A classic of world literature, Goethe’s Faust is a philosophical and poetic drama full of satire, irony, humor, and tragedy. Martin Greenberg re-creates not only the text’s varied meter and rhyme but also its diverse tones and styles—dramatic and lyrical, reflective and farcical, pathetic and coarse, colloquial and soaring. His rendition of Faust is the first faithful, readable, and elegantly written translation of Goethe’s masterpiece available in English. At last, the Greenberg Faust is available in a single volume, together with a thoroughly updated translation, preface, and notes.
“Greenberg has accomplished a magnificent literary feat. He has taken a great German work, until now all but inaccessible to English readers, and made it into a sparkling English poem, full of verve and wit. Greenberg's translation lives; it is done in a modern idiom but with respect for the original text; I found it a joy to read.”—Irving Howe (on the earlier edition)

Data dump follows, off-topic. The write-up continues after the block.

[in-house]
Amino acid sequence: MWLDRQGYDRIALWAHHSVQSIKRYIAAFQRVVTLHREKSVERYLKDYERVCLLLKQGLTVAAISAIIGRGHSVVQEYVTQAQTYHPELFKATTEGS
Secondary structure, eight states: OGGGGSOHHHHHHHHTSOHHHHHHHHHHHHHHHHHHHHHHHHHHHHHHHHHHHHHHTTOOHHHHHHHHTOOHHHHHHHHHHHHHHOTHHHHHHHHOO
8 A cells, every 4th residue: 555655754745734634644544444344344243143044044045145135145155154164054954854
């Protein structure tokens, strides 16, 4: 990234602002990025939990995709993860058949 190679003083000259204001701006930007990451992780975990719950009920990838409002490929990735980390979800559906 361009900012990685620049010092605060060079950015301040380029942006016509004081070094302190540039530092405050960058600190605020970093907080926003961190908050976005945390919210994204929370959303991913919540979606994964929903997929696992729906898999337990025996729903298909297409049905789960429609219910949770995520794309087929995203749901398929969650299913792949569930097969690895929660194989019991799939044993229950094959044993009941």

How happy I am that I am gone! My dear friend, what a thing is the heart of man! To leave you, from whom I have been inseparable, whom I love so dearly, and yet to feel happy! I know you will forgive me. Have not other attachments been specially appointed by fate to torment a head like mine? Poor Leonora! and yet I was not to blame. Was it my fault, that, whilst the peculiar charms of her sister afforded me an agreeable entertainment, a passion for me was engendered in her feeble heart? And yet am I wholly blameless? Did I not encourage her emotions? Did I not feel charmed at those truly genuine expressions of nature, which, though but little mirthful in reality, so often amused us? Did I not?but oh! what is man, that he dares so to accuse himself? My dear friend I promise you I will improve; I will no longer, as has ever been my habit, continue to ruminate on every petty vexation which fortune may dispense; I will enjoy the present, and the past shall be for me the past. No doubt you are right, my best of friends, there would be far less suffering amongst mankind, if men?and God knows why they are so fashioned?did not employ their imaginations so assiduously in recalling the memory of past sorrow, instead of bearing their present lot with equanimity. Be kind enough to inform my mother that I shall attend to her business to the best of my ability, and shall give her the earliest information about it. I have seen my aunt, and find that she is very far from being the disagreeable person our friends allege her to be. She is a lively, cheerful woman, with the best of hearts. I explained to her my mother's wrongs with regard to that part of her portion which has been withheld from her. She told me the motives and reasons of her own conduct, and the terms on which she is willing to give up the whole, and to do more than we have asked. In short, I cannot write further upon this subject at present; only assure my mother that all will go on well. And I have again observed, my dear friend, in this trifling affair, that misunderstandings and neglect occasion more mischief in the world than even malice and wickedness. At all events, the two latter are of less frequent occurrence. In other respects I am very well off here. Solitude in this terrestrial paradise is a genial balm to my mind, and the young spring cheers with its bounteous promises my oftentimes misgiving heart. Every tree, every bush, is full of flowers; and one might wish himself transformed into a butterfly, to float about in this ocean of perfume, and find his whole existence in it. The town itself is disagreeable; but then, all around, you find an inexpressible beauty of nature. This induced the late Count M to lay out a garden on one of the sloping hills which here intersect each other with the most charming variety, and form the most lovely valleys. The garden is simple; and it is easy to perceive, even upon your first entrance, that the plan was not designed by a scientific gardener, but by a man who wished to give himself up here to the enjoyment of his own sensitive heart. Many a tear have I already shed to the memory of its departed master in a summer-house which is now reduced to ruins, but was his favourite resort, and now is mine. I shall soon be master of the place. The gardener has become attached to me within the last few days, and he will lose nothing thereby.